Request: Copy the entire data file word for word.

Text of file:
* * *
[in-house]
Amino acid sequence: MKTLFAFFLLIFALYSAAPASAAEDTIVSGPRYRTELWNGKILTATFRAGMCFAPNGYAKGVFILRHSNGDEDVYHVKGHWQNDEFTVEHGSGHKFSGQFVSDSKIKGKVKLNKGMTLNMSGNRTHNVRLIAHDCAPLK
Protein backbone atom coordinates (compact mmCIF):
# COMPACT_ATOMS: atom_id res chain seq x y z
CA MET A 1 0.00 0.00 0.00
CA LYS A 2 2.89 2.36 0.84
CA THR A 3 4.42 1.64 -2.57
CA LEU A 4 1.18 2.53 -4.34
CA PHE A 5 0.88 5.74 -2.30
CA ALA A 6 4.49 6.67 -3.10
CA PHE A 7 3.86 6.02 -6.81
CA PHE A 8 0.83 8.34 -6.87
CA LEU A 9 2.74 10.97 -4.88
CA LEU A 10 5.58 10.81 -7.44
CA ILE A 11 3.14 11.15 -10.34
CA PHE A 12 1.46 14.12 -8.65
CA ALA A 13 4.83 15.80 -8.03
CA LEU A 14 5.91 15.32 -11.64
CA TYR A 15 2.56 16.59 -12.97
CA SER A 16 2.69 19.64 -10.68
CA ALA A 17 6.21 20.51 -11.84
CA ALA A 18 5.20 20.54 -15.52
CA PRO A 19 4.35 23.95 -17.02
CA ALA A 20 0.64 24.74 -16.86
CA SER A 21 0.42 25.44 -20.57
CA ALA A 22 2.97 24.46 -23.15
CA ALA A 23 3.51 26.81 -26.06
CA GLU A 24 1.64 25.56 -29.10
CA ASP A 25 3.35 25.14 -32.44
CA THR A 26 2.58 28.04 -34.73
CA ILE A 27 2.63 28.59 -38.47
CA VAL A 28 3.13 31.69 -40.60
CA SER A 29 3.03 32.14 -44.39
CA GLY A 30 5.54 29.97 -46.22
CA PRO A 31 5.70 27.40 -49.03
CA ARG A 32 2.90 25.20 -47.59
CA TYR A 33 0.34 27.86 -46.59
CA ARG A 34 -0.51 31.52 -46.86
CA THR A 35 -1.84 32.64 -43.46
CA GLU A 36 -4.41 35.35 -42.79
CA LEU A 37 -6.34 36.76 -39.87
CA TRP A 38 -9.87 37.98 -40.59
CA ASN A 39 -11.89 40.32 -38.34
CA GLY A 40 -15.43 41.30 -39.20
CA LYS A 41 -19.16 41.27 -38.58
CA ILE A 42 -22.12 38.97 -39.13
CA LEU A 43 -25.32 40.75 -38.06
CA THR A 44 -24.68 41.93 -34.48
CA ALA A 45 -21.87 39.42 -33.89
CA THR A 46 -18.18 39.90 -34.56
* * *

[in-house]
Amino acid sequence: MKTLFAFFLLIFALYSAAPASAAEDTIVSGPRYRTELWNGKILTATFRAGMCFAPNGYAKGVFILRHSNGDEDVYHVKGHWQNDEFTVEHGSGHKFSGQFVSDSKIKGKVKLNKGMTLNMSGNRTHNVRLIAHDCAPLK
Protein backbone atom coordinates (compact mmCIF):
# COMPACT_ATOMS: atom_id res chain seq x y z
CA MET A 1 0.00 0.00 0.00
CA LYS A 2 2.89 2.36 0.84
CA THR A 3 4.42 1.64 -2.57
CA LEU A 4 1.18 2.53 -4.34
CA PHE A 5 0.88 5.74 -2.30
CA ALA A 6 4.49 6.67 -3.10
CA PHE A 7 3.86 6.02 -6.81
CA PHE A 8 0.83 8.34 -6.87
CA LEU A 9 2.74 10.97 -4.88
CA LEU A 10 5.58 10.81 -7.44
CA ILE A 11 3.14 11.15 -10.34
CA PHE A 12 1.46 14.12 -8.65
CA ALA A 13 4.83 15.80 -8.03
CA LEU A 14 5.91 15.32 -11.64
CA TYR A 15 2.56 16.59 -12.97
CA SER A 16 2.69 19.64 -10.68
CA ALA A 17 6.21 20.51 -11.84
CA ALA A 18 5.20 20.54 -15.52
CA PRO A 19 4.35 23.95 -17.02
CA ALA A 20 0.64 24.74 -16.86
CA SER A 21 0.42 25.44 -20.57
CA ALA A 22 2.97 24.46 -23.15
CA ALA A 23 3.51 26.81 -26.06
CA GLU A 24 1.64 25.56 -29.10
CA ASP A 25 3.35 25.14 -32.44
CA THR A 26 2.58 28.04 -34.73
CA ILE A 27 2.63 28.59 -38.47
CA VAL A 28 3.13 31.69 -40.60
CA SER A 29 3.03 32.14 -44.39
CA GLY A 30 5.54 29.97 -46.22
CA PRO A 31 5.70 27.40 -49.03
CA ARG A 32 2.90 25.20 -47.59
CA TYR A 33 0.34 27.86 -46.59
CA ARG A 34 -0.51 31.52 -46.86
CA THR A 35 -1.84 32.64 -43.46
CA GLU A 36 -4.41 35.35 -42.79
CA LEU A 37 -6.34 36.76 -39.87
CA TRP A 38 -9.87 37.98 -40.59
CA ASN A 39 -11.89 40.32 -38.34
CA GLY A 40 -15.43 41.30 -39.20
CA LYS A 41 -19.16 41.27 -38.58
CA ILE A 42 -22.12 38.97 -39.13
CA LEU A 43 -25.32 40.75 -38.06
CA THR A 44 -24.68 41.93 -34.48
CA ALA A 45 -21.87 39.42 -33.89
CA THR A 46 -18.18 39.90 -34.56